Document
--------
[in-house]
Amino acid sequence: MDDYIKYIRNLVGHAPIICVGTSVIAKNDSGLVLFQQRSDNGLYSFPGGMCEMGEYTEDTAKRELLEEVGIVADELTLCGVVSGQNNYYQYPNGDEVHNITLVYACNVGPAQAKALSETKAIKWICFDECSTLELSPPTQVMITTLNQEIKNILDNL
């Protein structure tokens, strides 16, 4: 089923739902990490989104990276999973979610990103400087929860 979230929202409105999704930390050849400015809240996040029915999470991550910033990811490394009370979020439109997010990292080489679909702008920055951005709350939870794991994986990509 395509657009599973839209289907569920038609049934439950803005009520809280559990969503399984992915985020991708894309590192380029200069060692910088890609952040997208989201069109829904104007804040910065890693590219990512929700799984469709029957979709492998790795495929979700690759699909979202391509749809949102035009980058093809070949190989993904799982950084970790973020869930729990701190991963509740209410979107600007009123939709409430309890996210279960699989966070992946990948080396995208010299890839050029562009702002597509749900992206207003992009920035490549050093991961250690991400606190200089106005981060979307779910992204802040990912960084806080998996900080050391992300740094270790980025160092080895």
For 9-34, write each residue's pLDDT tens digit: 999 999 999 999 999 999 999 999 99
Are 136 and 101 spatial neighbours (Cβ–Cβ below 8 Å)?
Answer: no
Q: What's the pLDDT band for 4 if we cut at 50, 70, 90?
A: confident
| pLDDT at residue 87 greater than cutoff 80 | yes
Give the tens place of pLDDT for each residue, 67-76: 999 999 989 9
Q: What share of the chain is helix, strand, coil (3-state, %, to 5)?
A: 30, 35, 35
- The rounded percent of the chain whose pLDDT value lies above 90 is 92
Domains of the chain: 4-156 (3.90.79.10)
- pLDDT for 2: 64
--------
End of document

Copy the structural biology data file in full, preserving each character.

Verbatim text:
[in-house]
Amino acid sequence: MDDYIKYIRNLVGHAPIICVGTSVIAKNDSGLVLFQQRSDNGLYSFPGGMCEMGEYTEDTAKRELLEEVGIVADELTLCGVVSGQNNYYQYPNGDEVHNITLVYACNVGPAQAKALSETKAIKWICFDECSTLELSPPTQVMITTLNQEIKNILDNL
């Protein structure tokens, strides 16, 4: 089923739902990490989104990276999973979610990103400087929860 979230929202409105999704930390050849400015809240996040029915999470991550910033990811490394009370979020439109997010990292080489679909702008920055951005709350939870794991994986990509 395509657009599973839209289907569920038609049934439950803005009520809280559990969503399984992915985020991708894309590192380029200069060692910088890609952040997208989201069109829904104007804040910065890693590219990512929700799984469709029957979709492998790795495929979700690759699909979202391509749809949102035009980058093809070949190989993904799982950084970790973020869930729990701190991963509740209410979107600007009123939709409430309890996210279960699989966070992946990948080396995208010299890839050029562009702002597509749900992206207003992009920035490549050093991961250690991400606190200089106005981060979307779910992204802040990912960084806080998996900080050391992300740094270790980025160092080895």
For 9-34, write each residue's pLDDT tens digit: 999 999 999 999 999 999 999 999 99
Are 136 and 101 spatial neighbours (Cβ–Cβ below 8 Å)?
Answer: no
Q: What's the pLDDT band for 4 if we cut at 50, 70, 90?
A: confident
| pLDDT at residue 87 greater than cutoff 80 | yes
Give the tens place of pLDDT for each residue, 67-76: 999 999 989 9
Q: What share of the chain is helix, strand, coil (3-state, %, to 5)?
A: 30, 35, 35
- The rounded percent of the chain whose pLDDT value lies above 90 is 92
Domains of the chain: 4-156 (3.90.79.10)
- pLDDT for 2: 64